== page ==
The clocks are moving ahead, the sun is getting warmer, and spring should be here, right? Well, not quite yet for us equestrians. First, we have to make it through the mud.
Do you have a bone to pick with spring, a.k.a. mud season? Keep reading for our top tricks & tips to help keep your horse clean and healthy until summer rolls around.
Tip #1: No hoof, no horse
As the ground begins to thaw and the snow turns to rain, this can mean your horse will be spending a good portion of their turn-out time standing in mud or puddles.
Wet ground + mud + horses = hoof problems
Standing in mud or dampness for long periods of time opens up the average horse to infections such as thrush: an infection of the hoof, particularly affecting the frog--caused by anaerobic bacteria. Anaerobic means that this bacteria grows best in conditions without oxygen. You’ll notice, or more likely smell, a very stinky black build-up in the crevices of the frog. Luckily, it’s easily treatable and responds very well to topical treatment. Tea-tree essential oil is our favorite way to rid horses of thrush, and is a key ingredient in our new Purvida Polish Hoof Oil, specifically for that reason.
If you horse is suffering from thrush right now, carefully clean their hoof as best you can, apply Purvida Polish Hoof Oil to the affected area daily, and make sure to be diligent about ensuring they have a clean, dry stall to hang out in every day so their hooves can dry out.
Tip #2: Legs, legs, legs
Move up from the hoof just a little, and now you find a “scratch” on your horses' heel bulbs or in their pastern. Early on, it may appear reddened, warm, and ooze a small amount of yellowish liquid. As the condition progresses, hair is lost, the area becomes thickened, and hard scabs form. Great, pastern dermatitis, infamously known among riders as “mud fever”, “greasy heel” or “scratches”.
Ideally, keeping your horse as dry and clean as possible can help avoid this entire problem, to begin with. However, many horses are prone to developing some form of dermatitis, especially at this time of year when skin can be chronically wet & muddy. Mild dermatitis responds well to a daily and thorough cleaning and drying of the affected area. If left untreated though, the infection can develop and move up the legs or deeper into the tissue.
That’s why it’s important to nip this one in the bud--our favorite way: a daily dose of our Original Conditioning Spray, made with cedarwood essential oil to naturally and effectively rid your horse’s coat of bacteria and fungus. However, more severe cases might require veterinary attention and antibiotics, so make sure you pay very close attention to your horse’s legs!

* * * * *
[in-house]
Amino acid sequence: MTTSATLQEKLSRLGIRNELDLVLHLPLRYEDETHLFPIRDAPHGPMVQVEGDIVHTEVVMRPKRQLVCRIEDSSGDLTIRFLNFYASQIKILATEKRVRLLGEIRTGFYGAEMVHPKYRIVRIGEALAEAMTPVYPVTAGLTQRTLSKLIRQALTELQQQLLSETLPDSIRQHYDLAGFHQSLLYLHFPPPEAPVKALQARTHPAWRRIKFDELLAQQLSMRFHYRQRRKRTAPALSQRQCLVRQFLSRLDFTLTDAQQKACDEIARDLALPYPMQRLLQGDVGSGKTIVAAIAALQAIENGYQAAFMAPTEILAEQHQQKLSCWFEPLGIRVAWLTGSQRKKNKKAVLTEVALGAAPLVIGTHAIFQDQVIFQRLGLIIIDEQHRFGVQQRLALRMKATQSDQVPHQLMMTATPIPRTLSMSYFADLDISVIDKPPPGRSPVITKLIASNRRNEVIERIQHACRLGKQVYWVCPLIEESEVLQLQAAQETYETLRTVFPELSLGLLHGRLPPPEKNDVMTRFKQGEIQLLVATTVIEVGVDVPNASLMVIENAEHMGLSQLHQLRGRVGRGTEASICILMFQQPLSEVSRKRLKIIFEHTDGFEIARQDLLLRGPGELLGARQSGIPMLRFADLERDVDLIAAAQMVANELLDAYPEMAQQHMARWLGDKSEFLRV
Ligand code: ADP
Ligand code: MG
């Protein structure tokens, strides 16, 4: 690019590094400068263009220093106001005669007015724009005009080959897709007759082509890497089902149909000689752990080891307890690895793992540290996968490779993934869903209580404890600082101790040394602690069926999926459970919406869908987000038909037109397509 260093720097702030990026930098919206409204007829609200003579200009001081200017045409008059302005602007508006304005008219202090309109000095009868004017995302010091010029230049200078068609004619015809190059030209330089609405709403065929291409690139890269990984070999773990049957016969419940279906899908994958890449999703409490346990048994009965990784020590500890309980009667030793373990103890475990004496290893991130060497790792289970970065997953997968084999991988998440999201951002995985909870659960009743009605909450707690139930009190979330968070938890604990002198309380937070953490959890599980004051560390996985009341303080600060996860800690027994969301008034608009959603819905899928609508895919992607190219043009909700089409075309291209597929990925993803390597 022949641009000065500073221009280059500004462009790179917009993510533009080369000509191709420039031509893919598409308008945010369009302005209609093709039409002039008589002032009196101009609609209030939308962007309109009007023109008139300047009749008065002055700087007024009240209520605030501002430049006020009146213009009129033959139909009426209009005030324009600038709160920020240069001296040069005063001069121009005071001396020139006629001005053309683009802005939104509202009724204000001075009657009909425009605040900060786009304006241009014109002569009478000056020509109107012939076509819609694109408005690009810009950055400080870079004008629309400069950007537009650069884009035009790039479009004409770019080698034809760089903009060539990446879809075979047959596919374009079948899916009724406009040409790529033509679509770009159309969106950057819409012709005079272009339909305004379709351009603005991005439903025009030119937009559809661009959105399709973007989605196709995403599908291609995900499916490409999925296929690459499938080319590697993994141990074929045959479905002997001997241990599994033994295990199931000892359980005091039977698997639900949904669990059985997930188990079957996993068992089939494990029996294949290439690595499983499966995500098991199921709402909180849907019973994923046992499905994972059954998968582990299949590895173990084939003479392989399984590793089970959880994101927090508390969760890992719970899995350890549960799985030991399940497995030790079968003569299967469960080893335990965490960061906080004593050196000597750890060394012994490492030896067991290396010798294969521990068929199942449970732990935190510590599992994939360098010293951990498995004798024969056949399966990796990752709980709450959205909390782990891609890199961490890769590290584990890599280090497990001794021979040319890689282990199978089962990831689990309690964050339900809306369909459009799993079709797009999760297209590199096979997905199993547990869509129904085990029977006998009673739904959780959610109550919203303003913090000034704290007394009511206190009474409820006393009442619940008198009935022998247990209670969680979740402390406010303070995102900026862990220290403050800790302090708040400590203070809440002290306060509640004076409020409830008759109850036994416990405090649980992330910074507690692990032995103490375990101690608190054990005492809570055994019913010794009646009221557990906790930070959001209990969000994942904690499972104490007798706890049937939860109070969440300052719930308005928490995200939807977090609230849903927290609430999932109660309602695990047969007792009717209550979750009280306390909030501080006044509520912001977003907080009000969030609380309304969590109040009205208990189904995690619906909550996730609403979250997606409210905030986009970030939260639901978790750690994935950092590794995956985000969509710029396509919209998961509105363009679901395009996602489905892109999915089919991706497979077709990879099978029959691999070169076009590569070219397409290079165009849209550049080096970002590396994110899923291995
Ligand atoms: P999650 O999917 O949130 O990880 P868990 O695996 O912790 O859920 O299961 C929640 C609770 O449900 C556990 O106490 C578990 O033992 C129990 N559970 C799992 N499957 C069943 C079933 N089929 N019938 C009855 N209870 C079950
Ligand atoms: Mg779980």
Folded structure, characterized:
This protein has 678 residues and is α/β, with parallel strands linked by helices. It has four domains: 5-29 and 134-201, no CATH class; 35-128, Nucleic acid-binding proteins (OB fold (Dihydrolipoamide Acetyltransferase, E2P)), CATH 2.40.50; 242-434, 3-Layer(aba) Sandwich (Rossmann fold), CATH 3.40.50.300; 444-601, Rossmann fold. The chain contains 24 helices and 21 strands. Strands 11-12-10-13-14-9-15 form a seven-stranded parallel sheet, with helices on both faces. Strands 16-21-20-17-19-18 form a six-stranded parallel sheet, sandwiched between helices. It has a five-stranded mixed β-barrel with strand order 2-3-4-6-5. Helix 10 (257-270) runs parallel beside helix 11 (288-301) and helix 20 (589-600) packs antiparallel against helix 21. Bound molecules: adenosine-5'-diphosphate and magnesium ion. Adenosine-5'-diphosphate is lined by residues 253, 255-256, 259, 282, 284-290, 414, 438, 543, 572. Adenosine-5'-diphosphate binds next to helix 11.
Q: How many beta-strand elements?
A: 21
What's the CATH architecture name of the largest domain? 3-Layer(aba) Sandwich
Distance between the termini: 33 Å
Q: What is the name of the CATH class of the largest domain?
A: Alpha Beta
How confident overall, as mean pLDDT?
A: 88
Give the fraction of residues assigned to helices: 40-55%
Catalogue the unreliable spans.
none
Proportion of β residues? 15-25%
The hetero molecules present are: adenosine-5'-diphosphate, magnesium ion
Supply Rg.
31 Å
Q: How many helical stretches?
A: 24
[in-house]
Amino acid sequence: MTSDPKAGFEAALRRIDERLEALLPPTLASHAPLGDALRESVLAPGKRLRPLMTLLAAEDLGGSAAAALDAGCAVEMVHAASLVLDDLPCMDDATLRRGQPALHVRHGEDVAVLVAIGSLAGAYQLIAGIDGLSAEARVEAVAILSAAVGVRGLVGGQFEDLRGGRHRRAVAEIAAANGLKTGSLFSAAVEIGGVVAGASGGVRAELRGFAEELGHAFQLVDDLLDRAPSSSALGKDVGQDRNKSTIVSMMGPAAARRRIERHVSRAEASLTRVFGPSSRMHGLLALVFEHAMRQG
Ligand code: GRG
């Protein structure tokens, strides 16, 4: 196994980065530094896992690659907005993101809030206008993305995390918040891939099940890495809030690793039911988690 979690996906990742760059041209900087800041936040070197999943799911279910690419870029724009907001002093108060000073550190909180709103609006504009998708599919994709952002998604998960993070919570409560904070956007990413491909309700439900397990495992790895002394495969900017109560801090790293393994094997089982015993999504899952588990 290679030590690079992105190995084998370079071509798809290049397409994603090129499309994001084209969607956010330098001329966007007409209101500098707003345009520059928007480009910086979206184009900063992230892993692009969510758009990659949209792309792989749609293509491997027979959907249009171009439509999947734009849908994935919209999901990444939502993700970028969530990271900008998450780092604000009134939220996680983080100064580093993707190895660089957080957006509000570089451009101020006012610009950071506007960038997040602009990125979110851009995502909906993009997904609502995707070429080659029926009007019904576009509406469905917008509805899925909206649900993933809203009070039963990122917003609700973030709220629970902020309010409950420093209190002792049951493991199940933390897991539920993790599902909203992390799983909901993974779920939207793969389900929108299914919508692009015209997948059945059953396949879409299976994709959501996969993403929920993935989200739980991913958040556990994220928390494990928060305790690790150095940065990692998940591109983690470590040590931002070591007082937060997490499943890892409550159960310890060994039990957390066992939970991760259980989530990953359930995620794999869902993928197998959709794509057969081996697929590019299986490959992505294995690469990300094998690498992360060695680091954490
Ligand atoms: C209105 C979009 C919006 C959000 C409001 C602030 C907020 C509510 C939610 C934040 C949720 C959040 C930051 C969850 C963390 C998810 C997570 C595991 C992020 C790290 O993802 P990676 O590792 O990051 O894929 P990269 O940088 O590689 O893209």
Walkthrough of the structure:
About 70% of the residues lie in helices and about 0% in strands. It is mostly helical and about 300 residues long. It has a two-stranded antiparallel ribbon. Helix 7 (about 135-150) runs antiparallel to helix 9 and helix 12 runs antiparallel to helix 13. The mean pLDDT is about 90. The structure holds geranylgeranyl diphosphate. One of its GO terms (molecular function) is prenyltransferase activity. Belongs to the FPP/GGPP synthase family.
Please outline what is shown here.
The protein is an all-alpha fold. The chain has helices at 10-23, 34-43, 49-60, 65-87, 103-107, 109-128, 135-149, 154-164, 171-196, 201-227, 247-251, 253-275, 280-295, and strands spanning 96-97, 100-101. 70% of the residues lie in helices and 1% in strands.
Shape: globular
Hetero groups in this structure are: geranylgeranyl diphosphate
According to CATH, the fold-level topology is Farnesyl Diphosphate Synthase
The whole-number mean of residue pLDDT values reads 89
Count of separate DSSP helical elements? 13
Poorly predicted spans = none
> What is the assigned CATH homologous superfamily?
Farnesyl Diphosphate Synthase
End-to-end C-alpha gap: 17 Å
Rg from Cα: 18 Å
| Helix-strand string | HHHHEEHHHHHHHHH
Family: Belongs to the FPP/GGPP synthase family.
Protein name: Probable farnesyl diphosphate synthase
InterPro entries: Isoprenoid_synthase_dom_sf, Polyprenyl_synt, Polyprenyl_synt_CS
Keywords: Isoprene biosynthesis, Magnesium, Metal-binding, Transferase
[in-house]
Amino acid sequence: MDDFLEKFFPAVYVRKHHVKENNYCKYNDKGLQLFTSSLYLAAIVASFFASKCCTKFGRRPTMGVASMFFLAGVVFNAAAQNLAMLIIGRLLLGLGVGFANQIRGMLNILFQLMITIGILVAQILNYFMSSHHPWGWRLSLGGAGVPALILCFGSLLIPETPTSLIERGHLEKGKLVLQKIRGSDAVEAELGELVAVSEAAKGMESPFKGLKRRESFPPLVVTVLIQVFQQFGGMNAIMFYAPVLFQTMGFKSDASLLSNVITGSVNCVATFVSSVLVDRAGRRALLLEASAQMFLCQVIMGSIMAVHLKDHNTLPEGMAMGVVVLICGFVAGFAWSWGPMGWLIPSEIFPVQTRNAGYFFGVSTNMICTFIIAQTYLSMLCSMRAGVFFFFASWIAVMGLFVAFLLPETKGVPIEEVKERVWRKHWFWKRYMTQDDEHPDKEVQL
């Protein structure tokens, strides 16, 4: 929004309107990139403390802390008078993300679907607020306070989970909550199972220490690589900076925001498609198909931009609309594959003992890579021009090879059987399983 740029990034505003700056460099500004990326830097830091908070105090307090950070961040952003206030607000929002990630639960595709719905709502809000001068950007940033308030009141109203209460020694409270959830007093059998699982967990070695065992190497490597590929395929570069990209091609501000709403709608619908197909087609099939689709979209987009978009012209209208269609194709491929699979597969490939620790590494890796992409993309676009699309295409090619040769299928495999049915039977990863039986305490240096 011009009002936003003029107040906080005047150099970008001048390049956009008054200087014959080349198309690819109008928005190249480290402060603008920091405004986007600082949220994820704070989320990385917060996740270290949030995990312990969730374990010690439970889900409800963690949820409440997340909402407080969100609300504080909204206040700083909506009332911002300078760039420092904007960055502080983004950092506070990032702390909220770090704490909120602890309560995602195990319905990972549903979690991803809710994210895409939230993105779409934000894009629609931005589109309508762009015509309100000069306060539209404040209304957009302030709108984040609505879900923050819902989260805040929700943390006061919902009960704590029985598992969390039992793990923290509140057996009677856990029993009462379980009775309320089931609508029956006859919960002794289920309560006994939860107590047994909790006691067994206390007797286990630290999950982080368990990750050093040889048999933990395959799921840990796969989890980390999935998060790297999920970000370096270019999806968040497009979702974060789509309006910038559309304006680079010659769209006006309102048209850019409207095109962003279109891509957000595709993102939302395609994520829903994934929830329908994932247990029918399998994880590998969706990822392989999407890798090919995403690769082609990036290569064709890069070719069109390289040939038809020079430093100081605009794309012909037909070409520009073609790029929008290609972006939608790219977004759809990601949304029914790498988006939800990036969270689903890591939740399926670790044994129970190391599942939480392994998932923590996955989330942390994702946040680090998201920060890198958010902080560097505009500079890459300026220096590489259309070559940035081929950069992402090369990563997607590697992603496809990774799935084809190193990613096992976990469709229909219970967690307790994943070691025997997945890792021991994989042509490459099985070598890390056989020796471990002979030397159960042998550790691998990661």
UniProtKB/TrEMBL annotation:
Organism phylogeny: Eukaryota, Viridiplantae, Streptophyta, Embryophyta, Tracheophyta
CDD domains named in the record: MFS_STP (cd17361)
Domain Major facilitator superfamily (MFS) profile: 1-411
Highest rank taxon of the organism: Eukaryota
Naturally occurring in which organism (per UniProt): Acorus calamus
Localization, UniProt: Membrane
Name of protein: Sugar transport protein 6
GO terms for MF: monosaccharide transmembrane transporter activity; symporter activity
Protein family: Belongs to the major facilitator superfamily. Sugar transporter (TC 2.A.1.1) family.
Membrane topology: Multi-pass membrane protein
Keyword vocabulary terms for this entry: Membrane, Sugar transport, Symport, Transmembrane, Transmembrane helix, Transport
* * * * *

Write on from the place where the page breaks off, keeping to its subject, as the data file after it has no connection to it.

Tip #3: Beware the bumps
Mo’ rain, mo’ problems. At least for horse people, anyways. The third member of the toxic triplets of mud season is rain rot. Caused by that same pesky bacteria that causes pastern dermatitis, except this time your horse will develop lesions on their neck and back.
It’s especially prevalent at this time of year for a couple of reasons. First, when your horse’s skin is chronically wet, rolls in the mud, and stands out in pouring rain, the skin loses is ability to defend against bacteria and fungi, making it easier for this bacterium, which is found in soil, to infect the skin. Horses with heavy winter coats who are in the process of or not yet started shedding out can also hold moisture in their coats for much longer than a body-clipped horse, making the perfect conditions to exacerbate the above problem.
The best way to prevent and combat this condition is to keep your horse as dry as possible by waterproofing blankets, and ensuring they have a clean, dry stall to spent a portion of their day in. But should you notice raised areas of hair with scabs beneath, your horse is likely dealing with a bout of rain rot. Regular and thorough grooming with our all-in-one conditioning spray can quickly help heal up this condition, as coconut oil and witch hazel completely rids the skin and hair of all traces of mud and dirt, while cedarwood essential oil naturally kills that pesky bacteria.
However, BE GENTLE, removing the scabs may be painful for your horse, but it’s important to get them off to allow the cedarwood essential oil to do its job. Be sure to also disinfect any grooming tools used on a horse with rain rot, and don’t share grooming tools between horses.
We hope these tricks help you manage the mud a little more easily this season! And Remember: the arrival of mud isn’t all bad, at least it means that your days of riding outside in a t-shirt are just around the corner!